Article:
So, that’s where the idea of autonomy comes in. Adolescents are more likely than adults to get in over their heads by not asking for help when they need it. If you can distinguish autonomy from independence, you can still foster adult responsibility in adolescents without “kicking them out of the house,” so to speak. It’s about helping the adolescent take the reins of their life without feeling like “I’m totally on my own now, and I don’t have the support that I’ll need.”
Q: What role does family-centered care have in managing an adolescent’s chronic illness?
A: I feel very strongly about family-centered care. Two of the most robust findings from the research literature are that adolescents who run into the most trouble with illness management are those who either prematurely have too much responsibility and are not supported enough, or those whose families are struggling to work together because they can’t resolve conflict well. Often, it’s the same families who have both things, or they oscillate between the two.
The two crucial pieces for family-centered care are: (1) having an appropriate level of parent/guardian involvement, and (2) having involvement that is perceived by the adolescent as supportive, and not judgmental or punitive. I’ll often talk with families about the idea of collaborative management. It gives parents/guardians the opportunity to teach their adolescent how to do all of this: how to problem solve effectively, how to stay organized, how to fit diabetes into their life. Often they’ll say, “She should be able to do this on her own and should be able to do this independently.” My response is, that’s absolutely the goal. That’s what we want to work toward, but how do we get there? We have an opportunity now for you to teach your adolescent how to do what he or she needs to do to manage diabetes. We often don’t do a good job of teaching our adolescents how to manage their lives in general, let alone throwing something as complicated as diabetes into the mix.
The other side of this is that by focusing on collaborative management, particularly with adolescents, it gives them some experience in how to work with a health care provider. A lot of times when adolescents hit the age of 18 and now they’re “adults,” we just expect that they can do this. But maybe they’ve never had to schedule an appointment before or never really talked with their provider independently. By focusing on this family-centered care and collaborative management, it gives adolescents the experience—with their parents/guardians still involved—in working with the health care provider, making appointments, and doing all of those sorts of things without just being tossed into it and saying, “Here you go, you’re all on your own.”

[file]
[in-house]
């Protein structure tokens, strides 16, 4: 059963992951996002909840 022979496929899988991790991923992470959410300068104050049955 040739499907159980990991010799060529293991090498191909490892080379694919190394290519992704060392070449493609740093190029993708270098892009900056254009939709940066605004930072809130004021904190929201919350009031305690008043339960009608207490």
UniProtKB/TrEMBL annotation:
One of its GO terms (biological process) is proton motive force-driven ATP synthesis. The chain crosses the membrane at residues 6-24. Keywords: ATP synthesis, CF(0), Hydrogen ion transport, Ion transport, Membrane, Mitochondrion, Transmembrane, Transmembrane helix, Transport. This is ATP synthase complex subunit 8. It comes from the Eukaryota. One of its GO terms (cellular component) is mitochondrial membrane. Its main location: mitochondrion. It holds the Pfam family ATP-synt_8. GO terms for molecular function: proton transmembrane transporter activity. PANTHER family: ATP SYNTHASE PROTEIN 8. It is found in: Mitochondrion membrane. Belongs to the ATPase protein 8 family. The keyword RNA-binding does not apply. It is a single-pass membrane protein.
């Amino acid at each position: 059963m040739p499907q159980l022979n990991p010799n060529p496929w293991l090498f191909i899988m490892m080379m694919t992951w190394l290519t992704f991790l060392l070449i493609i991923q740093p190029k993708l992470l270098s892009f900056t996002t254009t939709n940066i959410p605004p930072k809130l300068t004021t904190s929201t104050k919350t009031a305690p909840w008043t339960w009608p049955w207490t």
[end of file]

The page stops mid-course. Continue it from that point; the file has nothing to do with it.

Q: How do adherence and self-management evolve as the adolescent develops?
A: The idea here comes back to collaborative management and working together with the adolescent where he or she is developmentally, and going step by step. I think the other important aspect to this is recognizing that if you give an adolescent more independence for a diabetes-related task, parents/guardians should still continue to monitor it over time, even if it’s from a distance.
Parents/guardians should also recognize that the adolescent may try, and it may not go so well. If this happens, the adults should not turn this into the adolescent’s failure: “You didn’t do a good job with this.” Instead, they should say “We tried that, but maybe you weren’t quite ready yet. Let’s figure out how to do this in a way that’s going to be more helpful.” Also, at the start, when you’re giving them more responsibility, say something like, “You want to give yourself your own injections, and that’s great. Let’s try it for a week. Let’s see how it goes. That may be kind of hard for you, but if you want to give that a go, great.” You give youth the responsibilities they believe they’re ready for, provide support you both agree upon, monitor and assess how they do, and make changes as needed. In this way, parents/guardians can teach their children how to problem-solve and manage their illness effectively.
Thank you, Dr. Schwartz, for sharing your expertise with us.
Tell us about techniques that you have used to foster adult responsibility in an adolescent with diabetes – the good, the bad, and the ugly.
About David Schwartz, PhD
David Schwartz, PhD, is Associate Professor of Pediatrics at Baylor College of Medicine and the Director of the Neuropsychology Program at Texas Children’s Hospital. He received his PhD in clinical psychology from the University of Delaware, and completed a two-year post-doctoral fellowship in pediatric neuropsychology at Texas Children’s Hospital/Baylor College of Medicine. He is board-certified in clinical health psychology and a member of the Academy of Distinguished Educators at Baylor College of Medicine. He has a long-standing interest in the psychological and neuropsychological aspects of diabetes in youth.